Interest in smartwatches and fitness trackers has demonstrated that wearables are undoubtedly the Next Big Thing. The market potential is huge and so are the predictions on the product shipments.
However, there are doubts that wearables can disrupt mass market in the nearest future, remaining to be rather niche products for professionals. These doubts are usually based on the lack of killer features. Newer models of both activity trackers and smartwatches utilize the same pretty much limited feature set. Everyone who wanted a tracker already has one and would replace a broken device rather than discover market novelties.
But there is more to be said about the wearables industry. Wearable products vary in form (smart rings, ear buds, pants, t-shirts – almost every accessory), intended use (sports, healthcare, VR and motion modeling, pet care), and technological stack (along-standing devices, development platforms, open source-based projects). 862 wearable companies are registered on the AngelList website alone. Companies from all over the world work on wearable technologies to provide better tools for what is the essence of wearables is – collection of precise data about state of the human body and making sense of it.
New wearable devices often lack successful use cases to prove significant benefits for a wide audience. This is just a matter of time: the most interesting devices either appeared on the market recently or are in a user feedback collecting phase.
Here are arguments for how wearable development improvements will drive product development and affect popularity of the industry.
Fitness trackers have been designed as wrist-worn bracelets to cope with routine procedures like measuring a distance, counting steps, measuring a heart rate, etc.
New wearable solutions utilize tiny-sized, lightweight sensors designed to be mounted on various body parts. This way, users can wear them with a comfort while devices measure data more accurately. Connection via Bluetooth LE ensures users don’t get annoyed with wires. A combination of an onboard memory and a battery life technology that lasts longer than a training session, allows to prevent data losses.
Wearable sensors can have several components (magnetometers, accelerometers, optical sensors) onboard. Apart from a health condition, they make possible to monitor complex parameters like muscle engagement, biomechanics, or stress level.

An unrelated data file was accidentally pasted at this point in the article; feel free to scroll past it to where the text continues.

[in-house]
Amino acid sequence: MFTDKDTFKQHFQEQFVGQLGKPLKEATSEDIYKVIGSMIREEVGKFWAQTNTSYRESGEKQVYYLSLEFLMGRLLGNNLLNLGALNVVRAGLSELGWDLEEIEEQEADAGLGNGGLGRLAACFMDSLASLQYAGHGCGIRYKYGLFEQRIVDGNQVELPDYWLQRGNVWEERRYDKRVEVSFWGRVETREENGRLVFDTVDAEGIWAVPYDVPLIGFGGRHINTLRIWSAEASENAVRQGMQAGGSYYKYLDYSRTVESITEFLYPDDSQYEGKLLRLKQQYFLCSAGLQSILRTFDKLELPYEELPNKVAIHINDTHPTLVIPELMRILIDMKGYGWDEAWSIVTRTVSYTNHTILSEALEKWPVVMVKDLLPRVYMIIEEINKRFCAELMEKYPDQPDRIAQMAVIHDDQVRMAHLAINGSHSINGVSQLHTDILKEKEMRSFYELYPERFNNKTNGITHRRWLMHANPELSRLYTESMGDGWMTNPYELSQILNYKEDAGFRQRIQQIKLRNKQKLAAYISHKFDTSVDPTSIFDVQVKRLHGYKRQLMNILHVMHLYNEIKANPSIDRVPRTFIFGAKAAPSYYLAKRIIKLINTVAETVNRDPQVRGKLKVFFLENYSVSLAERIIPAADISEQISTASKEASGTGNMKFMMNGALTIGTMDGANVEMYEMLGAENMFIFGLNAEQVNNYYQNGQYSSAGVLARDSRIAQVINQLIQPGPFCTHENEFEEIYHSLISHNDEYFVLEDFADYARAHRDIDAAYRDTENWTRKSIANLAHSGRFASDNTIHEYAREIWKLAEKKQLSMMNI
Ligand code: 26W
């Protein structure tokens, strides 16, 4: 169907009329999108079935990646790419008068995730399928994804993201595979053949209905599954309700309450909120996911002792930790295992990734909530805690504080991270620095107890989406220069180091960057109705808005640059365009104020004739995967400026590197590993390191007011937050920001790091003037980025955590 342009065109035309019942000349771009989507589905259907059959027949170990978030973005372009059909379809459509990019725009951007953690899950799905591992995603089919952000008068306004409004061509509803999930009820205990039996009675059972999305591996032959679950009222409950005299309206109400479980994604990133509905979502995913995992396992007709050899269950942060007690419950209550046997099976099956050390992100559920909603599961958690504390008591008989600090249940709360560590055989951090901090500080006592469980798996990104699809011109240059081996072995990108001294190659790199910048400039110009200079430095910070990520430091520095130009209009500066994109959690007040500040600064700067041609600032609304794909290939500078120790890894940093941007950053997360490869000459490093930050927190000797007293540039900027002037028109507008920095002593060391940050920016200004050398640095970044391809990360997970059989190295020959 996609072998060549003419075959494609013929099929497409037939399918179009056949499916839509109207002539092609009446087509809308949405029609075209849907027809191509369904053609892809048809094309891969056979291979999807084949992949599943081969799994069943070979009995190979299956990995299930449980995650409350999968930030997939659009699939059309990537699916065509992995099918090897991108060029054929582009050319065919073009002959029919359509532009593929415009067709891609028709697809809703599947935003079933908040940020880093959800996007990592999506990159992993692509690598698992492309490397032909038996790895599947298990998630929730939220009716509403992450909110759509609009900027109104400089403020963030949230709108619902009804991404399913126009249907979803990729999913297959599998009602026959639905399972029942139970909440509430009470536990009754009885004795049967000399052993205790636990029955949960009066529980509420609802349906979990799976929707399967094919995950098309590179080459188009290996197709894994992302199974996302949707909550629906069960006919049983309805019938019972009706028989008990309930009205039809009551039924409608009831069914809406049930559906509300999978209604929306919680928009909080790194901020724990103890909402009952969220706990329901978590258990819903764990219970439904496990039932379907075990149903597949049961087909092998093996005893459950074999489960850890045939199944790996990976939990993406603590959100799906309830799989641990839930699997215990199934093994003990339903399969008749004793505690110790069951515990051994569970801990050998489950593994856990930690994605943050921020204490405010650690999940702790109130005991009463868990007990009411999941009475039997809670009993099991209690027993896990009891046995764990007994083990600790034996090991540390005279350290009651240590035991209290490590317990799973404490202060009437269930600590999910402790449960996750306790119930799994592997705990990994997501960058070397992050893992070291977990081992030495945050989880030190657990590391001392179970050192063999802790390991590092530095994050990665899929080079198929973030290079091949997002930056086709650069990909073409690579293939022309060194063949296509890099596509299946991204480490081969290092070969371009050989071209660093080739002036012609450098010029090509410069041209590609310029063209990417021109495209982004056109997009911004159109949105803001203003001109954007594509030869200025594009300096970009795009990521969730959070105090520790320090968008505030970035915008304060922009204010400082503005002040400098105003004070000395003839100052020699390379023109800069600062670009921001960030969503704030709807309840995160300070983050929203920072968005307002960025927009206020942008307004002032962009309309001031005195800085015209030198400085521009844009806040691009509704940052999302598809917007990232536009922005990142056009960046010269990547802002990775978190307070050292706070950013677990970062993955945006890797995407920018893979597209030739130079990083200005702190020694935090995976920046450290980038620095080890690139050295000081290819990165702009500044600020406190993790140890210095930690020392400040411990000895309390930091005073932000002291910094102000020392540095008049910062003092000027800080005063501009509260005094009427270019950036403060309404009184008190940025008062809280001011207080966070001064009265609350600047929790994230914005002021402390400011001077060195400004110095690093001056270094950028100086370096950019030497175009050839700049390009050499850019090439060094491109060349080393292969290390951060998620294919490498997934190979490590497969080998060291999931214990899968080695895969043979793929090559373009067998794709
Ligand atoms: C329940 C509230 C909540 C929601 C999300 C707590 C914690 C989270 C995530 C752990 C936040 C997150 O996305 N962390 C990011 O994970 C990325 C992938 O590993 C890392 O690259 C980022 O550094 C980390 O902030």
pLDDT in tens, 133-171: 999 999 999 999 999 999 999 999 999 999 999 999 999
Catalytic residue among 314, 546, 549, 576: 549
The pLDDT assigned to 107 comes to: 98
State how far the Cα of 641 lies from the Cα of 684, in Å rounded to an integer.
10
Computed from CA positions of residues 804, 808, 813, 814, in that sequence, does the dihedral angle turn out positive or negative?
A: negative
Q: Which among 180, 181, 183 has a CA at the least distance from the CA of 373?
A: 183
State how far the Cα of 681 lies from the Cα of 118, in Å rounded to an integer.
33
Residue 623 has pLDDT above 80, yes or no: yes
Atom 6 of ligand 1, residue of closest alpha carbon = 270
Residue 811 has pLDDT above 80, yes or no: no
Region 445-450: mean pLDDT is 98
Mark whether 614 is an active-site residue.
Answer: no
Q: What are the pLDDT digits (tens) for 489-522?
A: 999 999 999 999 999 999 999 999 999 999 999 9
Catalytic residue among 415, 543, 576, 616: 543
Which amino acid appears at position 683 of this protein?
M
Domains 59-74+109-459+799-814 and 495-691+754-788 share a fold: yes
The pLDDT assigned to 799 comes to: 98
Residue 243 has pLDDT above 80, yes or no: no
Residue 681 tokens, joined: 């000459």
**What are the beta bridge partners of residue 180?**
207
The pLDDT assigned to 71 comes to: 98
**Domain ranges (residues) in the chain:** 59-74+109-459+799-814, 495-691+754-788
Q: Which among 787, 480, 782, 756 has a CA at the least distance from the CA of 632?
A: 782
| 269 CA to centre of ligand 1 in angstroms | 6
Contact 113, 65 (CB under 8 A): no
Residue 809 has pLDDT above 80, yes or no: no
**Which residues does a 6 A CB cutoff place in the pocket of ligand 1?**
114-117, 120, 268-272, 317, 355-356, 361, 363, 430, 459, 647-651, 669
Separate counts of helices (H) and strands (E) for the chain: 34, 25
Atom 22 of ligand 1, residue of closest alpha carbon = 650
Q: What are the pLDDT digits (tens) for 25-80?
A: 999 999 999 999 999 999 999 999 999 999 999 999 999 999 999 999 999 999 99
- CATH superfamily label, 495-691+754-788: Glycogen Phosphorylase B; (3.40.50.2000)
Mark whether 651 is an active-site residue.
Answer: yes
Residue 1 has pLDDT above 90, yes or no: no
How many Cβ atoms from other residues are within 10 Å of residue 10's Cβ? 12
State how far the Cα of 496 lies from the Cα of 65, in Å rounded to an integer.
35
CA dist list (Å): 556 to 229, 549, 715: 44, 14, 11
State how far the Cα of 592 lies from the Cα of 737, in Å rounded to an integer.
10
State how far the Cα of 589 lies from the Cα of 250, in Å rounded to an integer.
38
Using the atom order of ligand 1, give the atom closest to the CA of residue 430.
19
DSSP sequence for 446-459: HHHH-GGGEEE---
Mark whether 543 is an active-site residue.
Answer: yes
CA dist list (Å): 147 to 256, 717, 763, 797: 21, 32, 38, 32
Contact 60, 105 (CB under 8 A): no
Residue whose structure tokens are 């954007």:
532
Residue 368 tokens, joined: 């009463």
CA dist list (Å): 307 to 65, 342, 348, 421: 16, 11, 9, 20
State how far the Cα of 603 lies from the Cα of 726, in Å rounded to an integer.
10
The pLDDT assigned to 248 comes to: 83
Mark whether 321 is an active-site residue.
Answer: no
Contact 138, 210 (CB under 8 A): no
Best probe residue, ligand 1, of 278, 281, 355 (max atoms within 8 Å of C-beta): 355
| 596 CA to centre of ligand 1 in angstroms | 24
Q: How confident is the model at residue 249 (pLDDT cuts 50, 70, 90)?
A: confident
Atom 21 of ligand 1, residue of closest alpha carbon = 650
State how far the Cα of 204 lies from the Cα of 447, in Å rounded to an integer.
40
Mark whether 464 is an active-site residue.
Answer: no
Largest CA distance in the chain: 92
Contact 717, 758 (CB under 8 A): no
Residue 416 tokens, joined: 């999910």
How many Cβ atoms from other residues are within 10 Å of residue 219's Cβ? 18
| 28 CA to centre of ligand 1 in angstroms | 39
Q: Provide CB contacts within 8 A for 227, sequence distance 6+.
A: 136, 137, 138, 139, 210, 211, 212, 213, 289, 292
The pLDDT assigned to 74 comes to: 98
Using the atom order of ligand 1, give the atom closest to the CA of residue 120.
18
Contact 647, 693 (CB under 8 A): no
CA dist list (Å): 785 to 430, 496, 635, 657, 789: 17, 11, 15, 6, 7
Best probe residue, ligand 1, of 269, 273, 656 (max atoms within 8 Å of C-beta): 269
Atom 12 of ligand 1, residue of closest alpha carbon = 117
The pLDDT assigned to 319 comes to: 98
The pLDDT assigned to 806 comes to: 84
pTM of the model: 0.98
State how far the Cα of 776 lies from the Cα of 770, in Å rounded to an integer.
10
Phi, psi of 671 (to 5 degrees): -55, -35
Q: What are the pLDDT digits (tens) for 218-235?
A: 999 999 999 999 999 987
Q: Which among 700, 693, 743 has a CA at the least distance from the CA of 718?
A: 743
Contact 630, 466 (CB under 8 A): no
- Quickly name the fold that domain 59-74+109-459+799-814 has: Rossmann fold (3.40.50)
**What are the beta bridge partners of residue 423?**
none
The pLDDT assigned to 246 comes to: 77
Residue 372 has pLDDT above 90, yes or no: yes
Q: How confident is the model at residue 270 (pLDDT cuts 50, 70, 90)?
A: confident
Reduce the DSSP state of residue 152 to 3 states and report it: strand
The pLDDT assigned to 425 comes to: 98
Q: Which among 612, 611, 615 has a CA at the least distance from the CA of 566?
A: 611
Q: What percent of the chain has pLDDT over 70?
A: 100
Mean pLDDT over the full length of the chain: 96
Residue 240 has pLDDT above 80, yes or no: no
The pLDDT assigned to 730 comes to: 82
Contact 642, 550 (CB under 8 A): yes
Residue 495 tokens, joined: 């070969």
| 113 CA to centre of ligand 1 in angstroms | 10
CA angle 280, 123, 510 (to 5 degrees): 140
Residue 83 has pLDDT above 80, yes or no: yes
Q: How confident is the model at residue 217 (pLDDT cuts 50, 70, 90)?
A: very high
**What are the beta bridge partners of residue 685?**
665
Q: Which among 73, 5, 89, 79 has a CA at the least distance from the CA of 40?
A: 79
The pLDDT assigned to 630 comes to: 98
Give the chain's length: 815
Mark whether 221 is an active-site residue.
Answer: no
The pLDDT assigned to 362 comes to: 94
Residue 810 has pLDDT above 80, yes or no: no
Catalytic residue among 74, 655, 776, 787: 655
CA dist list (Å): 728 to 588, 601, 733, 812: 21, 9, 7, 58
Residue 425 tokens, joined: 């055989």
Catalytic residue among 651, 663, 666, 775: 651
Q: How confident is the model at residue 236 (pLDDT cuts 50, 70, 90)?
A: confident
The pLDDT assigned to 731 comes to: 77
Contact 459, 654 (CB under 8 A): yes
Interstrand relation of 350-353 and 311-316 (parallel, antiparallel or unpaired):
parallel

Software as a part of wearables
There are two main strategies for wearable startup development: either as a complex solution that includes hardware plus a smartphone/desktop app or as a tunable platform. Like wearable solutions, wearable development platforms have hardware and a management app for those who are fine with basic features. The difference: they also include SDK/API, demo apps, development documentation and support – everything needed to create own apps.
An example of a wearable development platform is Notch, a NYC-based startup focused on biomechanics. Notch offers its 6 sensor kit together with an app, access to ADK, third party apps, and documentation ready to be applied for a wide range of 3D motion tracking systems (read our blog post that covers this topic).
Wearable development platforms must be the driver for the whole wearable industry in a similar way Estimote and Kontakt BLE beacons platforms drive indoor positioning and navigation (you can read in our blog post more about how indoor positioning and navigation works).
Here is what a wearable platform is capable to provide for tech teams:
Lower entry barrier. SDK and API enable to substantially decrease development costs and delivery time, solving partly technical challenges. Teams do not have to focus on how to make sensors communicate with smartphones and with each other but how to apply the existing algorithms to their industry.
Flexibility. Teams are free to experiment with sensor configurations to figure out what works for their audience, and what kind of customization they really need.
Increased number of use cases. The platforms enable developers to be focused on a user needs and provide them quicker with answers on their concerns: how to improve health, recover from injuries, train properly, remain active lifestyle longer, and much more.
Wearable platforms can help with several cases:
- Affordable disease detectors
- Recovery tools
- Personalized training assistants
- Remote monitoring
- VR modelling
Challenges and concerns of smart wearable development yet to overcome
Although wearable industry has demonstrated that it can provide value for the customers, it needs improvement in several dimensions.
Technological novelty. Biometric sensors and data processing algorithms are still a new technology. Most likely, they will need improvement after developers get big amounts of data and examine their hypotheses.
Mobility. Some of existing wearables require smartphones for instant data transmission which might be uncomfortable for activities like jogging. Also, a battery life could last longer – sensors must be recharged after a session.
The price for innovation. The biggest challenge is how much value users get for the price they pay. Sensors kits are expensive comparing to fitness trackers. Though, the prices will fall after sensor-based wearables become more ubiquitous.
To sum up, hardcore fitness metrics are ready to go mainstream and this is good. The future of wearables is customizable platforms that can be applied for different use cases. Platforms provide benefits for both customers and development teams decreasing delivery time and costs thus, the end-price of a product.
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